“A beautiful and irreplaceable park, enjoyed by residents, workers and tourists for more than a century, would in effect be destroyed”.  


The public inquiry into the Government’s controversial plans to construct a Holocaust Memorial in Victoria Tower Gardens next to the Houses of Parliament has just opened. The historian Dorian Gerhold has published a very timely and fascinating study of the history of the gardens and its “planned destruction” which ought to be read by everyone concerned with the inquiry. 

The first part is a marvellously illustrated pre-history of Victoria Tower Gardens with all the scholarship and attention to detail that the author displayed in his previous books including London Bridge and its Houses (1209 -1761) It tells how Victoria Tower Gardens (VTG) was created in two stages. The northern part (near the Houses of Parliament) was made possible when in 1879, WH Smith the newspaper retailer and MP donated £1000 on the condition that it was “for the use of the inhabitants, and children especially, of Westminster“. Parliament added £1400 on the understanding that the gardens would be kept as a recreation ground as agreed with Smith. The second, more expensive, stage involved widening the gardens at the southern end (near Lambeth Bridge).  The Government donated land to enable this to happen on condition again that it was kept as a garden in keeping with the undertakings made to WH Smith.


It is this founding concept of the gardens as a place of relaxation for everyone that is at risk if the Government’s determination to site a Holocaust Memorial and learning centre there succeeds. Gerhold, like most of the opponents of the scheme including many Jewish people, is in favour of a memorial but argues why would you destroy a lovely park if there were more suitable places nearby?

 

The Memorial and Learning Centre, he argues, would occupy 27% of the accessible and usable green space in the gardens, but would “more than treble the number of people in the gardens at any one time”. After rejecting (or ignoring ?) many other sites that would better fulfill the original Holocaust Commission requirements and been able to accommodate these large visitor numbers, the Government's solution – conjured out of nowhere by David Cameron, was that it should be next to Parliament. But as the author points out there is no reason to have it there. The government wasn’t complicit in the Holocaust unlike the slave trade which is remembered in the same gardens by the Buxton Fountain.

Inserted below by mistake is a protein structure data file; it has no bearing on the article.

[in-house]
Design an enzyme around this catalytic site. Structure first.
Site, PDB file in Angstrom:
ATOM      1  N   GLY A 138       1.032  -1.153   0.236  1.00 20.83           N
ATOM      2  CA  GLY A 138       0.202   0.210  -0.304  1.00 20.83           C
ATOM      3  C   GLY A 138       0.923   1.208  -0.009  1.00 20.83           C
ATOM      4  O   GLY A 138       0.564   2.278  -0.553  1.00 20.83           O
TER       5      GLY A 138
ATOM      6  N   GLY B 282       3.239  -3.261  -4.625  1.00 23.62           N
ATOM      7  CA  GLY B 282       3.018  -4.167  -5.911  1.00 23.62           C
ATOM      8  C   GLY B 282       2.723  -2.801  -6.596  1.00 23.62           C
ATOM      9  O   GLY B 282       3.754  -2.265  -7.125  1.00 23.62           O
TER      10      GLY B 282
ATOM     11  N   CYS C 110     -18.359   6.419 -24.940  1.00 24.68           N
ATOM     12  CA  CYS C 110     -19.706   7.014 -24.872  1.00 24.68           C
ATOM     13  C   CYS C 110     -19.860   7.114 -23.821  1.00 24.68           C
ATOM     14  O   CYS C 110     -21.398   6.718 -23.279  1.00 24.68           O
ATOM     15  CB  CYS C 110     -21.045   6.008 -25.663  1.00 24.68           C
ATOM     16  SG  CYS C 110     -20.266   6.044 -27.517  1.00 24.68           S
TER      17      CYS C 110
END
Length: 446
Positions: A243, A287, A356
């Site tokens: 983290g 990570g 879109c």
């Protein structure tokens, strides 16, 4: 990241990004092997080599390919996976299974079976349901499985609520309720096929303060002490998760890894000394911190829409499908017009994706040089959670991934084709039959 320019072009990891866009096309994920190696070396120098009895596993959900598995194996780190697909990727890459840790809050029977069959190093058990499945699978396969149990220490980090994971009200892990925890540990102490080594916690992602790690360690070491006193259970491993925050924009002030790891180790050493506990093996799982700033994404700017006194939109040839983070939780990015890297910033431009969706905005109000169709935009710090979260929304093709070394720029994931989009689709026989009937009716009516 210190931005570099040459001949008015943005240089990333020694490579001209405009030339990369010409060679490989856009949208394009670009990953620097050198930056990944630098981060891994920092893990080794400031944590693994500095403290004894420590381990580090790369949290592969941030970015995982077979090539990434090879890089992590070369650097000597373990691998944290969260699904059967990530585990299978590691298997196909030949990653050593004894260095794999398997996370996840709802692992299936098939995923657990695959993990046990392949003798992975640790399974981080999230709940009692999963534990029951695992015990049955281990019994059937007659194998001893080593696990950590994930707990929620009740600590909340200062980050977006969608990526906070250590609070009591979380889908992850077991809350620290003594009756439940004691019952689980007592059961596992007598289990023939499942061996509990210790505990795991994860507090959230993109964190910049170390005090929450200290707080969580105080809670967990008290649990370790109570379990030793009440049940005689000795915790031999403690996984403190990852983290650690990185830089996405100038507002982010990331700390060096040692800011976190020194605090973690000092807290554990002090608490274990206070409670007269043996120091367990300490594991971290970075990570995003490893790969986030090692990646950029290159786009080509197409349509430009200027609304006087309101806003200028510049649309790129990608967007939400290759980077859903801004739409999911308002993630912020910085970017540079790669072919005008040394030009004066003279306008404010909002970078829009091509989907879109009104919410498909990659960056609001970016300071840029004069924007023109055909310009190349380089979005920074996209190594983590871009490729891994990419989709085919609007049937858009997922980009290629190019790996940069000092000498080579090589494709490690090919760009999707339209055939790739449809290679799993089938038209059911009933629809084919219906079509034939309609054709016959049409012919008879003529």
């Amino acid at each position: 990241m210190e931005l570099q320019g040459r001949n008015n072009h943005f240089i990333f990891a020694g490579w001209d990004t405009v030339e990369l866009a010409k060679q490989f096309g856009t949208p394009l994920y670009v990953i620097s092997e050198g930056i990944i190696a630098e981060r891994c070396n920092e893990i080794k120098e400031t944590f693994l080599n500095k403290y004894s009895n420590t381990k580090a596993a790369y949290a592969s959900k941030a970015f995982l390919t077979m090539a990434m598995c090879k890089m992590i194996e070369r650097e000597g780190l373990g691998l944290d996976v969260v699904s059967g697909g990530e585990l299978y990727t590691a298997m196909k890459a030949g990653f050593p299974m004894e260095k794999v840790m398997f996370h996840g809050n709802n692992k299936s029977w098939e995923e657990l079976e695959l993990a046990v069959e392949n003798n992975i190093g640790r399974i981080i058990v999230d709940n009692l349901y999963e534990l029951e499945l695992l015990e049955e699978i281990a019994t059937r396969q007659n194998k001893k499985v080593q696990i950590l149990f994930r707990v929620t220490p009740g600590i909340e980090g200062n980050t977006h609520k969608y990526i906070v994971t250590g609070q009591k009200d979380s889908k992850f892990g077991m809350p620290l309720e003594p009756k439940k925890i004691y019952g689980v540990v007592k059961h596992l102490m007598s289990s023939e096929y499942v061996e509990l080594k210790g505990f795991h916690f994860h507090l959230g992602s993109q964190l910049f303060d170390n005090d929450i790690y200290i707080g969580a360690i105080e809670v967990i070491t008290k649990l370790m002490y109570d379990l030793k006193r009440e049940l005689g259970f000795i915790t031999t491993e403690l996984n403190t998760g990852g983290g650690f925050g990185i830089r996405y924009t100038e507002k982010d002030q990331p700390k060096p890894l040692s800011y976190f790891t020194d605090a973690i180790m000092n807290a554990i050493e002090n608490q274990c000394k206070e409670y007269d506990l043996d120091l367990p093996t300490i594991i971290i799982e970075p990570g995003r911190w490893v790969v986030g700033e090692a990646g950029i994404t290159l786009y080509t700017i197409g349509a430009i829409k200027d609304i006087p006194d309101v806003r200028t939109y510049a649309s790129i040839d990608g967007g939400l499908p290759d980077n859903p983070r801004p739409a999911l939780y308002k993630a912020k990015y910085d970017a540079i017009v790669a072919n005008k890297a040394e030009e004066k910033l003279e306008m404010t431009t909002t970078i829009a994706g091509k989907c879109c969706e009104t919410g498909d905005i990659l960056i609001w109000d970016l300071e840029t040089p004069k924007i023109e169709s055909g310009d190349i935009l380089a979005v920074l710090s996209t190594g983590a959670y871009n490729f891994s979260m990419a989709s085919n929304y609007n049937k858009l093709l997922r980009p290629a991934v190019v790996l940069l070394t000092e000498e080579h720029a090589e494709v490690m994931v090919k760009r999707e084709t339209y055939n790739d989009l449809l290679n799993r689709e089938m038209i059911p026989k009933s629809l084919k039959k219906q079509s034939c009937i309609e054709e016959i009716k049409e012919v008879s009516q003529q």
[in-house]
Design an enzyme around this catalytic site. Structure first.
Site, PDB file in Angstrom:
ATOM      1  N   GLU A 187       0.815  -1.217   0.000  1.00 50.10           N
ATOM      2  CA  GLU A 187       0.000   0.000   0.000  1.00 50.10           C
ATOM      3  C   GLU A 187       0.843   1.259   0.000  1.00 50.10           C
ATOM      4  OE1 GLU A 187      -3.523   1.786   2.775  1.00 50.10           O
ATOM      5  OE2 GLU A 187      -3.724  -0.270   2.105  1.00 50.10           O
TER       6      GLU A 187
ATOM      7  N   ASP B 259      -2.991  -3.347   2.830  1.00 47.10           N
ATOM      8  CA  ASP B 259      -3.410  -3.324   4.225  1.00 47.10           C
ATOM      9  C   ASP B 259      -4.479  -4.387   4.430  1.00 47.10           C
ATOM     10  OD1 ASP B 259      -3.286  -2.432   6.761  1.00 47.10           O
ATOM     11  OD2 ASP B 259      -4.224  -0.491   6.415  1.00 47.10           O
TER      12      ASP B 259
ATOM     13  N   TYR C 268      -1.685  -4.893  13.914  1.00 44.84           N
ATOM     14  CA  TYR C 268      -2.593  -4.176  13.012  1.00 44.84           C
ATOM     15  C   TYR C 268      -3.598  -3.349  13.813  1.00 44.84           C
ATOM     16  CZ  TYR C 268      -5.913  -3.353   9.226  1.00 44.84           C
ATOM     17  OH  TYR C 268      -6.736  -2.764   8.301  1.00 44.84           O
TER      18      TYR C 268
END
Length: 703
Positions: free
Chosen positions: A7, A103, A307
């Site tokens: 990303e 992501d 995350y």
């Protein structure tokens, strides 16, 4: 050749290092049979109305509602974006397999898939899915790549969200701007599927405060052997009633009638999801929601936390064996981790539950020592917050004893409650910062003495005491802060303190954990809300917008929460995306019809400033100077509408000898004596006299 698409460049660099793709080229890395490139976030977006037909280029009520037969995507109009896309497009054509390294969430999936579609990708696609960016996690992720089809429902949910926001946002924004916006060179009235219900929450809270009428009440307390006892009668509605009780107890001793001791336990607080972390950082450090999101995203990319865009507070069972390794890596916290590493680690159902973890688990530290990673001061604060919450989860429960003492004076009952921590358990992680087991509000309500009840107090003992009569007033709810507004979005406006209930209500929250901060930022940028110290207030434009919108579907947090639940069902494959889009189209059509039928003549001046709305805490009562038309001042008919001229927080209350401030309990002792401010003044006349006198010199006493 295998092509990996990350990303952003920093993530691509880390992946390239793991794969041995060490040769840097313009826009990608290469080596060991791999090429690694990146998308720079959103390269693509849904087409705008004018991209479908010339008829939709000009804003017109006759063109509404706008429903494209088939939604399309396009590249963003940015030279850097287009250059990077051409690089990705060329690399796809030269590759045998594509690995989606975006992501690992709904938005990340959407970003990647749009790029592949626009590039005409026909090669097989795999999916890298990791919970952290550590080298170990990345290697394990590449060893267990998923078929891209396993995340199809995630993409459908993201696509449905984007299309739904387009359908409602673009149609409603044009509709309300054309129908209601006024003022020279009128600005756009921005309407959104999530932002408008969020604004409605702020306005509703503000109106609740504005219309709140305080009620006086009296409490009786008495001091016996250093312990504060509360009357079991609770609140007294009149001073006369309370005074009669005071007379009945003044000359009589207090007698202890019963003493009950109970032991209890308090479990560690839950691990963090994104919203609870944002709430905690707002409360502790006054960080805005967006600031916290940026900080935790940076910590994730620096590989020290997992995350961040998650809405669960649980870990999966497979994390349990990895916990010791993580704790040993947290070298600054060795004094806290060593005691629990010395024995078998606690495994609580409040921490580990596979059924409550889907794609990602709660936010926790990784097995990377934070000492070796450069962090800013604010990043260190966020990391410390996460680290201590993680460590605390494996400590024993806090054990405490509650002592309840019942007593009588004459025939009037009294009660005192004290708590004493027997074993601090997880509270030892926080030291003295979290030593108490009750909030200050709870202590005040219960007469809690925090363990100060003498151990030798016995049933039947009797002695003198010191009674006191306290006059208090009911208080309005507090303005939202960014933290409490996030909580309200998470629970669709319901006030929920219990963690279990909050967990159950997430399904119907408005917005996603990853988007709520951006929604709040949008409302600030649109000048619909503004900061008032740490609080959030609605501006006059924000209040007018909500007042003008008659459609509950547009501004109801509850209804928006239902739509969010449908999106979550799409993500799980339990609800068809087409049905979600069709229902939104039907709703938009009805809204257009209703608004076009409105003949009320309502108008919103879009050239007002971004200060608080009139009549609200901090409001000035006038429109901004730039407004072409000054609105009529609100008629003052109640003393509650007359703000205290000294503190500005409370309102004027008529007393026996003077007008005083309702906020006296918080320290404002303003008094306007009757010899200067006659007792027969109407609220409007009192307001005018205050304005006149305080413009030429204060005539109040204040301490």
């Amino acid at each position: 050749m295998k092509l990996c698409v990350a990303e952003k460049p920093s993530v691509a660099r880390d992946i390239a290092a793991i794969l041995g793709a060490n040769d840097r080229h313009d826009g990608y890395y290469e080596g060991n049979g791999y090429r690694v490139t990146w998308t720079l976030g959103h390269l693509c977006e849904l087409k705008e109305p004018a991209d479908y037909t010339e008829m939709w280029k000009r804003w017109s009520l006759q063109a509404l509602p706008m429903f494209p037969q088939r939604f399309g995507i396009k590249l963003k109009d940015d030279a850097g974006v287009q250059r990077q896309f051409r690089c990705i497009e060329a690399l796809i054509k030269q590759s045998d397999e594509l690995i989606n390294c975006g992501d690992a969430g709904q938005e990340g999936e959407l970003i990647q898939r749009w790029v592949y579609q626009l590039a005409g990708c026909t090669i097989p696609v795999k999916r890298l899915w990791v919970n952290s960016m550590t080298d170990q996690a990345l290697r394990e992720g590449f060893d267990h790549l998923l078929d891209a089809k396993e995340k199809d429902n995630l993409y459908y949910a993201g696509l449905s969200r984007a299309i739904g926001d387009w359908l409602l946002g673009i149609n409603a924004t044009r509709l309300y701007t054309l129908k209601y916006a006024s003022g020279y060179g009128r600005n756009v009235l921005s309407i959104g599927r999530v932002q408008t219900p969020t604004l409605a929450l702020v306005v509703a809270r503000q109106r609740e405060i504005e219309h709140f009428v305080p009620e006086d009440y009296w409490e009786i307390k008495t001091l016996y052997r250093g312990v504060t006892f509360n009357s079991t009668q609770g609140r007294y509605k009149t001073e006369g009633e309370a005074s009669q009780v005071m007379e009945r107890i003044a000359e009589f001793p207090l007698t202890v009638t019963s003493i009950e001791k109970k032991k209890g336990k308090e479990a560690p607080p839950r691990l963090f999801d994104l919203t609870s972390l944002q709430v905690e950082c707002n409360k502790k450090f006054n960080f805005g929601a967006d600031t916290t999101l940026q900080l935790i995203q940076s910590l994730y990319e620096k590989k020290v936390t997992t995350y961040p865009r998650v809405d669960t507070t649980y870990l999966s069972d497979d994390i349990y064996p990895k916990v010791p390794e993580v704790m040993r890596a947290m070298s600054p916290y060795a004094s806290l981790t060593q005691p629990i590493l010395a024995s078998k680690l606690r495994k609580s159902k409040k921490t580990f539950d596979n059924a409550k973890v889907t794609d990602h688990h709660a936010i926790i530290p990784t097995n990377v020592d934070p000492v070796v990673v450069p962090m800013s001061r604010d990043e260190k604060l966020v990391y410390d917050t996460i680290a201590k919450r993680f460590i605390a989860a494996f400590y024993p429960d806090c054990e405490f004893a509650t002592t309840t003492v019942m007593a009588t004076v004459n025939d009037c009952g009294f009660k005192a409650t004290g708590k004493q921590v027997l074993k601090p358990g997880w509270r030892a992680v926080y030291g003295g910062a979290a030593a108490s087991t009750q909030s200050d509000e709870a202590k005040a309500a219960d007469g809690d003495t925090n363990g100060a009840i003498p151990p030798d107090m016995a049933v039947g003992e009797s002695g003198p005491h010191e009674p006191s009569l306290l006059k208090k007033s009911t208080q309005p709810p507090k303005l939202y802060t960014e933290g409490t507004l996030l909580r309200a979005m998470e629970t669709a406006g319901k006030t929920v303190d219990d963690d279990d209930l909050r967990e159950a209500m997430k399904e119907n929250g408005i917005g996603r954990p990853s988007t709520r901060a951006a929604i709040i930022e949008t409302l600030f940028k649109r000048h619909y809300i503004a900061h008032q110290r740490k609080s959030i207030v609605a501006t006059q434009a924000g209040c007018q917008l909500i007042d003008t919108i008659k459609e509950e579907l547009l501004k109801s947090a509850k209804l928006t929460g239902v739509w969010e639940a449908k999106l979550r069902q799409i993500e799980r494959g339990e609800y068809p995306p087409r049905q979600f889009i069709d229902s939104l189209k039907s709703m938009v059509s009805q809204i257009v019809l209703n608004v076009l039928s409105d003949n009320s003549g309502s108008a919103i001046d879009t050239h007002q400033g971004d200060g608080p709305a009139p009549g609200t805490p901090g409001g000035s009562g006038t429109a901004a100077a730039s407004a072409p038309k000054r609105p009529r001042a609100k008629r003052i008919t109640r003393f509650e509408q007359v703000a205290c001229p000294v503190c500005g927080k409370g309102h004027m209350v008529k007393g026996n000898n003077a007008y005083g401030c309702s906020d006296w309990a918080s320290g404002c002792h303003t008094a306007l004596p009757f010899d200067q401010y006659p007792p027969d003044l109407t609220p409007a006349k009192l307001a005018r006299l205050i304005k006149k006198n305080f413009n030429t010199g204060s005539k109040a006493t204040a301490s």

Gerhold is devastating on the procedures adopted, from the cronyism involved in the original suggestion, to the Government “calling in" the plans after discovering that the (Conservative) Westminster Council was likely to reject them.

 

They are now being considered by an inspector but the final decision is normally made by a government minister. However, the Secretary of State Robert Jenrick has had to recuse himself as his objectivity has been impaired by his emphasis that the government remains “implacably committed“ to the project. The decision has been delegated to one of his junior ministers but as Gerhold says: “Is it credible that an impartial, unbiased decision can be made by a junior minister when both his Secretary of State and the Prime Minister have emphasised their continuing commitment to the project ?"

This is but part of a battalion of arguments he brings to justify his conclusion: “A beautiful and irreplaceable park, enjoyed by residents, workers and tourists for more than a century, would in effect be destroyed”.

 

To purchase, please CLICK HERE to be redirected to eBay.  You do not need to have an eBay account, you can Check Out as a Guest.  Alternatively, please send £12 + £3 p&p per copy; cheques made payable to 'The Thorney Island Society' to TTIS, 10 Old Pye Street, London SW1P 2DG with your name and address.  

 

 What the Memorial Planning Inquiry needs to know about Victoria Tower Gardens.